But since I am invariably only in the English-speaking countries for a short period of time, I have to stock and be prepared to have no access to the basic toiletries and books we all take for granted in the English-speaking realm. Little things like a basic and very convenient insertable sanitary item women in the english-world take for granted is, as far as I can make out, absolutely banned in the rest of the world because of certain religious beliefs. Then there are the scented products – soaps and the likes. Some countries have scented products but they maybe to strong for us, or to synthetic, or in the case of China, made of such cheap and potentially toxic material an allergic rash is guaranteed! So I spend an inordinate amount of time and money in pharmacies in the English world buying products. Worse, since each country has things I specifically like, if I know I am not returning to 1 of my 3 favourite English haunts, I’ll stock up to see me through the drought inbetween visiting my favourite countries as well…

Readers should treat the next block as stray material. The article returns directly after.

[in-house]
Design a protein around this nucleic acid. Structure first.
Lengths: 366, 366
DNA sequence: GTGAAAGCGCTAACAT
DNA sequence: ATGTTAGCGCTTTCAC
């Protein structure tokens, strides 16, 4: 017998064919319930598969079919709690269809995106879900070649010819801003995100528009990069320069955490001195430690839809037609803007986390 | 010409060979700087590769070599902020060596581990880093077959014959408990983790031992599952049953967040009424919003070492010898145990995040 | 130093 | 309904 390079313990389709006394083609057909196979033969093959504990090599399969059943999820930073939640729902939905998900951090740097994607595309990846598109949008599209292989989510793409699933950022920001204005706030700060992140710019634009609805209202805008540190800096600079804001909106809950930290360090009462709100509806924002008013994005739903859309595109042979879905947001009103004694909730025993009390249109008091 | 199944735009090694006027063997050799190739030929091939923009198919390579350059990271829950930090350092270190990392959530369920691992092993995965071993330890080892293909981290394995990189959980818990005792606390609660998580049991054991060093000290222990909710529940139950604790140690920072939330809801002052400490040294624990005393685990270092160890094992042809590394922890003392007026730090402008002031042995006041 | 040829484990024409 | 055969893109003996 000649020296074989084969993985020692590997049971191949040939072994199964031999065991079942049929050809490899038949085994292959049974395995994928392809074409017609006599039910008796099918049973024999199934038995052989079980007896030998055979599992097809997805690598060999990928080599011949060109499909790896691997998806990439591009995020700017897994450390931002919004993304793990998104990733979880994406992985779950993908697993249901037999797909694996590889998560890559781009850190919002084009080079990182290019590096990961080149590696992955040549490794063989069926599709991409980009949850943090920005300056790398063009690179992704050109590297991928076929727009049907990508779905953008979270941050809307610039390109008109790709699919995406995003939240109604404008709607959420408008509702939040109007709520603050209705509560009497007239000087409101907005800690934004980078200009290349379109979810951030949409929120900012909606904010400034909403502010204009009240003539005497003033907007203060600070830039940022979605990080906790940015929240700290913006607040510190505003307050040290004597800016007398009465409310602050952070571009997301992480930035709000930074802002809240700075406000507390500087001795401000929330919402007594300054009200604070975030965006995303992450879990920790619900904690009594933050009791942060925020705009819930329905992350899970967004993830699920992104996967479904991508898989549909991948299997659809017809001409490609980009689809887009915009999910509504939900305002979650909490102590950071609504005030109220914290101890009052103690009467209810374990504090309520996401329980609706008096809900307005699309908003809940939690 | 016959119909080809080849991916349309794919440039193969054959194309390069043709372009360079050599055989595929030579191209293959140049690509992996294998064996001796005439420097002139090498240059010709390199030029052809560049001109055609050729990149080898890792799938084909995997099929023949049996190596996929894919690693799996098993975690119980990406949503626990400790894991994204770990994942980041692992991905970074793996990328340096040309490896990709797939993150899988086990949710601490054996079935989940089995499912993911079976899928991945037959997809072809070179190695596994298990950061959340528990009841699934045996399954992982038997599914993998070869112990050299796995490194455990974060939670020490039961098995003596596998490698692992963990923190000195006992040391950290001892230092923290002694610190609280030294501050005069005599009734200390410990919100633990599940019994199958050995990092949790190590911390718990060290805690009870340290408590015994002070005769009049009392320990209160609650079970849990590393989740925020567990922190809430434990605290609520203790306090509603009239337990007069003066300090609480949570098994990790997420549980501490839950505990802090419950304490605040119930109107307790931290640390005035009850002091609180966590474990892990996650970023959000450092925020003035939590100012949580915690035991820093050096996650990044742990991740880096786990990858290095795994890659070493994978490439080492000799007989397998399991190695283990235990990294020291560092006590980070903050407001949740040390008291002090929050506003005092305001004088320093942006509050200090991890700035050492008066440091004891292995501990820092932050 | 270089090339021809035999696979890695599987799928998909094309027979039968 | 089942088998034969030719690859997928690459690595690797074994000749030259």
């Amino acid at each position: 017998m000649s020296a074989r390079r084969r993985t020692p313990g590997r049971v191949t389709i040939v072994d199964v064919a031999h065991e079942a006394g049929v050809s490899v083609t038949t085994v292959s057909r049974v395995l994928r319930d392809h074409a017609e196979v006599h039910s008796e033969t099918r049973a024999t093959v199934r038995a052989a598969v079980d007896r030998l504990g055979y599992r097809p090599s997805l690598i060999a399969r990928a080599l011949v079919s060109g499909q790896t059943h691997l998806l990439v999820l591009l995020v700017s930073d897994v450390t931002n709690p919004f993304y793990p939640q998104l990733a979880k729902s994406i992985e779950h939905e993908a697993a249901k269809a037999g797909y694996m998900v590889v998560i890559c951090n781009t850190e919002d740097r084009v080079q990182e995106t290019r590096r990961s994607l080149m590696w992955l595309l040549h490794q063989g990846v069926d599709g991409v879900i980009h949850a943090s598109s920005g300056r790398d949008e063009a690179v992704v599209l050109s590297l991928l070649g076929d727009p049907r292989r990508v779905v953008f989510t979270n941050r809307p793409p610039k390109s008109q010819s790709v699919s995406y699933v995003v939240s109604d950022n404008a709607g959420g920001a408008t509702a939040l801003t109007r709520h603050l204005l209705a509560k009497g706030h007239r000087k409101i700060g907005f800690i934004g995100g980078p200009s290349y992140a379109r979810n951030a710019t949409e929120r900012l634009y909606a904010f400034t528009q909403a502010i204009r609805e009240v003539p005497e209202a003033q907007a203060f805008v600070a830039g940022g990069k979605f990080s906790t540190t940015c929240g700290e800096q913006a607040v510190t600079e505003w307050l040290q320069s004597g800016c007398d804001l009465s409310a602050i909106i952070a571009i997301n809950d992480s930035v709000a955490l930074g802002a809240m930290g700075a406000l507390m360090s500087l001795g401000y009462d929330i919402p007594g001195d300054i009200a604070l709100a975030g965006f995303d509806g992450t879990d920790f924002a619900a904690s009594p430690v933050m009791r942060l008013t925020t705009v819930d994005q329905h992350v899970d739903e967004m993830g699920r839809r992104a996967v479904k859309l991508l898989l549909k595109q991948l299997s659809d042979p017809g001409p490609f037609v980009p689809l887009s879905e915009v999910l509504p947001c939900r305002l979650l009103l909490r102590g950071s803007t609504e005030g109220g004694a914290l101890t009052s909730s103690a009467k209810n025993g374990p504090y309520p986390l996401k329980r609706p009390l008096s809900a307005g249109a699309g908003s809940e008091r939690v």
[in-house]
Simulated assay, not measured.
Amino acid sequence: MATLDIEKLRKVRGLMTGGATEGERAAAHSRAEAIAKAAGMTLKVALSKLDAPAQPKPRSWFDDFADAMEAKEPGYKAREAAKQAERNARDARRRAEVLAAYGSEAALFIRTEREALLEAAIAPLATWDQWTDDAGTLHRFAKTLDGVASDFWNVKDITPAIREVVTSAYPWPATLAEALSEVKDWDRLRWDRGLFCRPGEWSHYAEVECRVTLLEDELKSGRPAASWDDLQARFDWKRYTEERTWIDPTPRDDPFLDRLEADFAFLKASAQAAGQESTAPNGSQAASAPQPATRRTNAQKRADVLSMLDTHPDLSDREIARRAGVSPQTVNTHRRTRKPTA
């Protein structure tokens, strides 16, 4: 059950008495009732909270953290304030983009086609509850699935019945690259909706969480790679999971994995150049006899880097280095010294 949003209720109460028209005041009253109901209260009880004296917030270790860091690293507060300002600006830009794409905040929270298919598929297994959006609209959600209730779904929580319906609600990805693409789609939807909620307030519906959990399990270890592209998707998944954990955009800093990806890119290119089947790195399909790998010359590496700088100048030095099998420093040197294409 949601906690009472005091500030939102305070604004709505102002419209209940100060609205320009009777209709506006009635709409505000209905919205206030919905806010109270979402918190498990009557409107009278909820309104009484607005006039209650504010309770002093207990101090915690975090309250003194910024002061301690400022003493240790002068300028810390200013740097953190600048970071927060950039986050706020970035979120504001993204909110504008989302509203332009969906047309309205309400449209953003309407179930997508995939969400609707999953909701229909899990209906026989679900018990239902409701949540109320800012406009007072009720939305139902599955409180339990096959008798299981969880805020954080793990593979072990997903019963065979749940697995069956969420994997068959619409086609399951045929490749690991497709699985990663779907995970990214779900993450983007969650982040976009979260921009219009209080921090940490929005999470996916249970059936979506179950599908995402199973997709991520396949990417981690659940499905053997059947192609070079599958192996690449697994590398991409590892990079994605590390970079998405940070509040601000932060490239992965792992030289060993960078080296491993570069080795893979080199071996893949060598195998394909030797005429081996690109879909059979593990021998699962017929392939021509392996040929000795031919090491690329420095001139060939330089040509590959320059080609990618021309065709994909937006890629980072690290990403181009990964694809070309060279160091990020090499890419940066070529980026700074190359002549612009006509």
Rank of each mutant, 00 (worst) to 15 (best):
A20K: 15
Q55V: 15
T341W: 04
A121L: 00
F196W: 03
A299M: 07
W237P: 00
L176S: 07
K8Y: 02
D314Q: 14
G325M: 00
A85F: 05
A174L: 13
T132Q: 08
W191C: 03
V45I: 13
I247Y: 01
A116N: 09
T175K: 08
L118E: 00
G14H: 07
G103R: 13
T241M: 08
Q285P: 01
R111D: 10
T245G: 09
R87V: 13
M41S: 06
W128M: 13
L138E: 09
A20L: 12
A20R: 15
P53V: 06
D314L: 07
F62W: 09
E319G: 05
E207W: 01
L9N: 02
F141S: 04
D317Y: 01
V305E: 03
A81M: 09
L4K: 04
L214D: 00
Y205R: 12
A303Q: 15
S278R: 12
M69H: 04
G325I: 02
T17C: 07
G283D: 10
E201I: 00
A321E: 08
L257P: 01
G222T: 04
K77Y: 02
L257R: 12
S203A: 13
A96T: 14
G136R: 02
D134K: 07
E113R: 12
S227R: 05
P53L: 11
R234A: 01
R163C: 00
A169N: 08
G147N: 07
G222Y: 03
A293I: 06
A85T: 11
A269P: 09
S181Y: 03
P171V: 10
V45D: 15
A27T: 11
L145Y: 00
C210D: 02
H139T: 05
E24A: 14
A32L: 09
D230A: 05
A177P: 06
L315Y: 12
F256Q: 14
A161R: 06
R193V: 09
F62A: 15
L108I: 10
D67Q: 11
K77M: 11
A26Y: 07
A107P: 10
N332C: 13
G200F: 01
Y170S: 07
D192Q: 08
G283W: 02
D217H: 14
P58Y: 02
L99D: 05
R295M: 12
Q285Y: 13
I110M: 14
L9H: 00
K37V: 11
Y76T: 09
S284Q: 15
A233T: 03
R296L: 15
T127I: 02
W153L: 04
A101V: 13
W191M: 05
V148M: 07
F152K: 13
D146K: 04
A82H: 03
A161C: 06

I’m also a gadget person so invariably I want to buy some gadget when I come out as well, so I now have gadgets sporting plugs from 3 different countries with different plugs and 2 different power systems. So I always have to make sure I have chords with heavy transformers which allow them to be used both sides of the Atlantic AND adaptors for my plugs for whichever country/ship I am in! At least the advent of mp3 players and software to rip music off your CDs taking off ca. 2000 meant I no longer had to take CDs with me (except to back up stuff) as I could play them on my laptop (re: iPods not invented at this time – just some 128kb flash players which were slowly taking off but being 3 times the cost of a portable CD player, not going far!)